The pupils and their teachers travelled along the trestle bridge from each side of the river (Spike Island on the north side and Wigg Island on the south side) to meet in the middle, where they shook hands to symbolise the new bridge joining the two towns together. The temporary trestle bridge is the first bridge to be built over the River Mersey in Halton since 1961, when the Silver Jubilee Bridge was opened.
It will act as an access platform for construction teams to work from when building the new river crossing. Built purely for construction teams and machinery, the trestle bridge is not open to the public.
Hugh O’Connor, general manager of Merseylink, said: “This is an important milestone for the project. Completion of the trestle has enabled us to start to build the central cofferdam and excavate foundations for the bridge pylons. The new bridge will connect Runcorn and Widnes and their respective communities so we were very pleased to get local schoolchildren involved.”
The economic, transport and social benefits the project will bring to the region include:
- 470 permanent full-time equivalent jobs on site during construction
- 4,640 permanent direct and indirect jobs
- £61.9 million a year in Gross Value Added from the new jobs by 2030.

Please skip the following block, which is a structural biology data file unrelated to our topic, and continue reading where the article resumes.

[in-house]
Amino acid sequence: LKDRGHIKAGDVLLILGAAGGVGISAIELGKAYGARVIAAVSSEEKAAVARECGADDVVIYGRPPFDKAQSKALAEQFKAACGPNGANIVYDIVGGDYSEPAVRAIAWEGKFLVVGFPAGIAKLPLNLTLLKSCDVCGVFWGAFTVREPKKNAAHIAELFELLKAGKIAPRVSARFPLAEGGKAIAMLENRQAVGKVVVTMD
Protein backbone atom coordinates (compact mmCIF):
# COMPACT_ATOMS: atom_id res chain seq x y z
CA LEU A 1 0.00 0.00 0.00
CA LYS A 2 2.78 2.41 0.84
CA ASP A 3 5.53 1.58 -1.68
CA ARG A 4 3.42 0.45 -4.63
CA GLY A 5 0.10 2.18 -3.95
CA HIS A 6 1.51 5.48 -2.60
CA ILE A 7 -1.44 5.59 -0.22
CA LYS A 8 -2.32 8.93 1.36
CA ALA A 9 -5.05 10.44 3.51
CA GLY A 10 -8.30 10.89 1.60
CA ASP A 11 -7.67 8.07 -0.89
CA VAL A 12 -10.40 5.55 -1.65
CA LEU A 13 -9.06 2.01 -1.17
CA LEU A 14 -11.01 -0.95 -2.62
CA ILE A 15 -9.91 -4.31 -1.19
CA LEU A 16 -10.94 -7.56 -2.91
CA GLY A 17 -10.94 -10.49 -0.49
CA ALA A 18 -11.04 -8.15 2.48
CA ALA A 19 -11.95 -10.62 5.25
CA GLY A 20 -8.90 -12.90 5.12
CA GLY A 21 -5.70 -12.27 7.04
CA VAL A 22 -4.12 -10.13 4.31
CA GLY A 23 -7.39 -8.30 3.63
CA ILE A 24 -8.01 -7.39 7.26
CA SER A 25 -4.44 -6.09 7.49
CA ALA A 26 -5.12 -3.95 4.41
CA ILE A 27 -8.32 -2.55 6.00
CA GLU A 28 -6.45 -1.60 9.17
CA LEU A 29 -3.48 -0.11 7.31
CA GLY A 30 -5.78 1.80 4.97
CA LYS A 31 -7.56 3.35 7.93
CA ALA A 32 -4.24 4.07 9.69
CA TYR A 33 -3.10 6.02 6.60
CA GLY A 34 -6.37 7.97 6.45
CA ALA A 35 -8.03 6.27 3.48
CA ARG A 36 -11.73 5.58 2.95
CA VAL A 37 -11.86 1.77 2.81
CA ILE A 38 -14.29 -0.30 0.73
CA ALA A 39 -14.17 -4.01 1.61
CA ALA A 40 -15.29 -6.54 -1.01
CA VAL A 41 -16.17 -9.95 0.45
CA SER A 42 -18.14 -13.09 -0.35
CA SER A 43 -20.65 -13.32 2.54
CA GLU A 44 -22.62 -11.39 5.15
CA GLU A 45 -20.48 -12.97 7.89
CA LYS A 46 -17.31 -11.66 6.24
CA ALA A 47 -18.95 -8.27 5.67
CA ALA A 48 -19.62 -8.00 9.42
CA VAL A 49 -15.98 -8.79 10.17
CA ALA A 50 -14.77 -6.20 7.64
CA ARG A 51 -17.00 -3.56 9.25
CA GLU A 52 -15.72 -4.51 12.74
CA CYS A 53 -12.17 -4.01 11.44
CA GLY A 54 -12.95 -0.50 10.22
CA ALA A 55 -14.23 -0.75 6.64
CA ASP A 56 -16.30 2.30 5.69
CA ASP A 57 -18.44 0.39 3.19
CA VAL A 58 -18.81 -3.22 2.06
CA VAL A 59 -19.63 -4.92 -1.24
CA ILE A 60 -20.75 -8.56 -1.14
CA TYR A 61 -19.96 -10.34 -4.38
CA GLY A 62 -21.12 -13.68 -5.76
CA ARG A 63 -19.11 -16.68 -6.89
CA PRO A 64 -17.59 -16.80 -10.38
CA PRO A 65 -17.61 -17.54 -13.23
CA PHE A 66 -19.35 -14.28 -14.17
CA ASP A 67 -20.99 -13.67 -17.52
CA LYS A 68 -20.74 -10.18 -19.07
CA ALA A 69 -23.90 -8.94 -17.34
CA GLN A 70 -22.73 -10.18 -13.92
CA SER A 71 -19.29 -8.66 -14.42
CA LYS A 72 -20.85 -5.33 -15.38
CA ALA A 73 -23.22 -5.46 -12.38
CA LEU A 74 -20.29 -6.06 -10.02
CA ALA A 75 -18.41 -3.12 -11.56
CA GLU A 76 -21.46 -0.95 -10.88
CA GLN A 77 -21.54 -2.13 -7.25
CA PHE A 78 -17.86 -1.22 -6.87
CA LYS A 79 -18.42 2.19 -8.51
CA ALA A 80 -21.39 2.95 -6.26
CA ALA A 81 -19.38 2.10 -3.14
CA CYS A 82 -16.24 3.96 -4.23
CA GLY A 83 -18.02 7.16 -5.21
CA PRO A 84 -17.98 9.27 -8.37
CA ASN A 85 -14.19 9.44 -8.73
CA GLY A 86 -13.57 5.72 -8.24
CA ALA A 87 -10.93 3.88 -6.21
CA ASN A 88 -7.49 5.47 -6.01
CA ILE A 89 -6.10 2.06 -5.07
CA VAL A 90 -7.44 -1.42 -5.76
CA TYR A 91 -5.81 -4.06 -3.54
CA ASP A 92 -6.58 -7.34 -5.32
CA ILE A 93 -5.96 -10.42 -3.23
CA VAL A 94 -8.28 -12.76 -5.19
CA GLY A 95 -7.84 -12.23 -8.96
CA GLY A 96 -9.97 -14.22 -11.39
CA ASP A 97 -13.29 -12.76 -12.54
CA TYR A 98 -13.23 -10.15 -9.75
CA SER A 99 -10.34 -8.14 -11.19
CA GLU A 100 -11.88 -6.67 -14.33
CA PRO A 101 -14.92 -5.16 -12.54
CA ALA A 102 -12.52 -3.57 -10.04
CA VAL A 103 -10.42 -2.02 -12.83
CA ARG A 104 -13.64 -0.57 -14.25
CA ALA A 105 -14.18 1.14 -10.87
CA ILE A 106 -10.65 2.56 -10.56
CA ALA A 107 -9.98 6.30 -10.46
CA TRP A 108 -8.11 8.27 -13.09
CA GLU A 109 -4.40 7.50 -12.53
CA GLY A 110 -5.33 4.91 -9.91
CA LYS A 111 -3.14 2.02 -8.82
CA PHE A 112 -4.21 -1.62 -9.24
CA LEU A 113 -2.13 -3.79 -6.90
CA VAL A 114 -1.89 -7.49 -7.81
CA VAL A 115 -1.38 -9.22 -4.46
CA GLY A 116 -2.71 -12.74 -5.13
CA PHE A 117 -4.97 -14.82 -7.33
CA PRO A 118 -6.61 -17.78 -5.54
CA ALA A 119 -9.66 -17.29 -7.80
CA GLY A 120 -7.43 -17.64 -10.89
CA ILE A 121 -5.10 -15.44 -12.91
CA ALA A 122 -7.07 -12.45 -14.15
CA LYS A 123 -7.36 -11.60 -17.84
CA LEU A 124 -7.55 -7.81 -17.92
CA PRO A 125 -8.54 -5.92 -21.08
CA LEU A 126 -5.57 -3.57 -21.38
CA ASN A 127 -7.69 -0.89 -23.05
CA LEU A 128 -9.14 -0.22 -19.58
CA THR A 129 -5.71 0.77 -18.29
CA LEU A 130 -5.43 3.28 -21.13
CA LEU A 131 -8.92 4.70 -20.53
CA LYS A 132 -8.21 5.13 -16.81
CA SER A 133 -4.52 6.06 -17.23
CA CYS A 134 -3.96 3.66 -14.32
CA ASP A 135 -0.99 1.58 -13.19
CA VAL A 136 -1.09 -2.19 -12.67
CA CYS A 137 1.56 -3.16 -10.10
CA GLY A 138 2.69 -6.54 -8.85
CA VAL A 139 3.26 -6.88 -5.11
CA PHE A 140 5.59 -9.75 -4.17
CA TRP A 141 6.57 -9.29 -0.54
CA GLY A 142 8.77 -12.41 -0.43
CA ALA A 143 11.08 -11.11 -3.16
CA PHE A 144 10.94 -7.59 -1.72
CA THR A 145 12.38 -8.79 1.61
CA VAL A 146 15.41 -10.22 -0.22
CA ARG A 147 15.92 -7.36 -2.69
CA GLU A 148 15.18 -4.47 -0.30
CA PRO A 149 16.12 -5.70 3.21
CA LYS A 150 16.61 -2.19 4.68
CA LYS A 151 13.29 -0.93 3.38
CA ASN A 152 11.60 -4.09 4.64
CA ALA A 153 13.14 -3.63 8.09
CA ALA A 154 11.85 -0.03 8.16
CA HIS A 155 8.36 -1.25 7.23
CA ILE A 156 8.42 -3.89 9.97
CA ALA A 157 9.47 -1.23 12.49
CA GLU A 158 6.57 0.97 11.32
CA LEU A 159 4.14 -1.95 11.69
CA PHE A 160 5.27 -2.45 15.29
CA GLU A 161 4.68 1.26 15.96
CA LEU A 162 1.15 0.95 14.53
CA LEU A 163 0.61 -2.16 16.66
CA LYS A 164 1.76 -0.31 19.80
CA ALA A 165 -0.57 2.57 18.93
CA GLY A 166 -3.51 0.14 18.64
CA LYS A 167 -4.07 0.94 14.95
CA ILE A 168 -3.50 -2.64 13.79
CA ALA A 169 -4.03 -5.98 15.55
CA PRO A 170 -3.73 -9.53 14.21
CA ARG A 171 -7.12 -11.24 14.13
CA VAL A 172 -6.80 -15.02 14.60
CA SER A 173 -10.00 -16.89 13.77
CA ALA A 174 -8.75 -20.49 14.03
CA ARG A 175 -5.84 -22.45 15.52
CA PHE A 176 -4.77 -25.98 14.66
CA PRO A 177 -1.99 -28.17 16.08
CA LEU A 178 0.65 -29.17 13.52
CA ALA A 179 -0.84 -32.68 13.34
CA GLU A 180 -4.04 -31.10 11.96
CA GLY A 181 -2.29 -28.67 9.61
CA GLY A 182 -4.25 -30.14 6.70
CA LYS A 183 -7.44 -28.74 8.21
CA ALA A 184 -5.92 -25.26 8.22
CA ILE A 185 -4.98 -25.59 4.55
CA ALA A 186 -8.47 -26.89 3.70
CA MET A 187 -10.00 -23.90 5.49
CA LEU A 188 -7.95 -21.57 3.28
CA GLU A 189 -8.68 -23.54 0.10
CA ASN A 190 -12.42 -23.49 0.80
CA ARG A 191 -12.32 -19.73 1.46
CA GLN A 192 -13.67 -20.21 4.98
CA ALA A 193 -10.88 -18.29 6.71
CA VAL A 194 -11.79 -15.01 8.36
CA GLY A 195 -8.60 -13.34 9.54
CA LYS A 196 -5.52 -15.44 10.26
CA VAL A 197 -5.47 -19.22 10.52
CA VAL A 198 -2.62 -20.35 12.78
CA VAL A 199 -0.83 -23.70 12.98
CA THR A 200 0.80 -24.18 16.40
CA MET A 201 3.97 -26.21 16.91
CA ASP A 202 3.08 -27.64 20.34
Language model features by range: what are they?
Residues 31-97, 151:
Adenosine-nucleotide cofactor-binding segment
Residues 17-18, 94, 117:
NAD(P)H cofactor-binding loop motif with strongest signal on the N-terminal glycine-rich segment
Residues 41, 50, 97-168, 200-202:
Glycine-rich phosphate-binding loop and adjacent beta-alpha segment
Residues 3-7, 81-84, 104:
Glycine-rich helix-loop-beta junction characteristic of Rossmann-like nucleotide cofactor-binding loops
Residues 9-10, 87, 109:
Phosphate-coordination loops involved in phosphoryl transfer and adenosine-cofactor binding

When it opens in 2017, both the new bridge and the Silver Jubilee Bridge will be tolled, but they will be free to all Halton residents.
Photography for Little People are the leading experts in the UK at making beautiful impression frames that are treasured forever. The company was commissioned to take handprints for the four children and make a series of commemorative impression frames that will be on display within both schools as well as the project office.
Jan Massey, co owner of Photography for Little People says: “It was an honor to be invited to join the celebrations and meet the team involved in The Mersey Gateway. The site was very impressive and the whole project was very inspiring.“
Following the celebrations on the trestle bridge the children were invited to have their hand prints taken for the commemorative frames that will be made by Photography for Little People.
Melanie Kemp, co-owner of Photography for Little People and trainer within the company said: “The children loved it! They loved seeing the detail I was able to capture within the clay. They are so excited to see the finished frames and have them pride of place within their schools.”